Vegetable tannins against the lightstrike

22 July 2023

The bottle is on the table, at the right temperature. Uncork casually, but at the moment of tasting something goes wrong: the wine in the glass gives off an unpleasant scent, reminiscent of cooked cauliflower, garlic, or even wild game.

You have run into the lightstrike, a problem that mainly affects white and rosé wines, both still and sparkling. This is an increasingly widespread phenomenon, thanks to the choice of many producers to use transparent glass for their wines.

At the Faculty of Agriculture of the University of Milan, this problem has been studied for 3 years with a dedicated project, Enofotoshied, and at the end of May, the results of the research were presented at a conference.

Among the speakers was Alessandro Schiavi, the winemaker from Mirabella, one of the companies participating in the project. “The aromatic deviation due to exposure to light causes the wine to produce sulfur molecules, responsible for the aromas of cooked, boiled meat and animals”, says Schiavi.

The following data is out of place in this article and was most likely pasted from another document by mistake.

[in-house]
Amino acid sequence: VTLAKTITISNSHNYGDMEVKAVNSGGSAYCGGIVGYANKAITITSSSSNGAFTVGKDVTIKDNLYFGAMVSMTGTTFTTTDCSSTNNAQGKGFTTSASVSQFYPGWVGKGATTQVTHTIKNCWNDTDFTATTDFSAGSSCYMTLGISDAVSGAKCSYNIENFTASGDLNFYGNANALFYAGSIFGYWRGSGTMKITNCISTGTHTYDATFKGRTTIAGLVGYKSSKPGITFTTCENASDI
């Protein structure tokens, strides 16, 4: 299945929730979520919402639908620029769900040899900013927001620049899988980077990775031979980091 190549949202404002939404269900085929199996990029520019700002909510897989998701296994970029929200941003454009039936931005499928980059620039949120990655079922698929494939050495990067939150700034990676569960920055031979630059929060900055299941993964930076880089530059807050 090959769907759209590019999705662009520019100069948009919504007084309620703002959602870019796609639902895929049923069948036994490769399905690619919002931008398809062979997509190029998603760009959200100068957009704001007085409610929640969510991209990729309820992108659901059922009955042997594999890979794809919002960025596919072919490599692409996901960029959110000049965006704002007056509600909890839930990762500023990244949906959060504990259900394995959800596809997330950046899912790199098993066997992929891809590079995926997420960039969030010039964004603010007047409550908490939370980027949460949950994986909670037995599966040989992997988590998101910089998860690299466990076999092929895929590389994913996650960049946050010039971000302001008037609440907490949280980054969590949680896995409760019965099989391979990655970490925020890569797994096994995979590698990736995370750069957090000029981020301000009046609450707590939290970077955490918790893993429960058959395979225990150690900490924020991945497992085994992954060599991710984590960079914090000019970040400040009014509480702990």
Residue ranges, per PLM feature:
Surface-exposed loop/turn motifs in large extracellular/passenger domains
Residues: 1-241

“In Mirabella, we use dark glass, perhaps less glamorous but certainly safer, especially when the bottles arrive from the customer and remain on the shelves for a long time, exposed to increasingly aggressive light sources. But no wine producer can be said to be totally free from the risk of a lightstrike, even brief exposure to lighting in the cellar interferes, albeit minimally, with the wines and can slightly modify them”.

“For three years we have been experimenting on small lots with the addition of natural products aimed at preventing the defect. The most effective are the tannins of vegetable origin and totally free of allergens. The results are interesting, but we will continue our research activity, comparing ourselves with colleagues, from Franciacortas and beyond, to solve together a problem that is now far more widespread than the well-known corky smell”, concludes the winemaker.

Alessandro Schiavi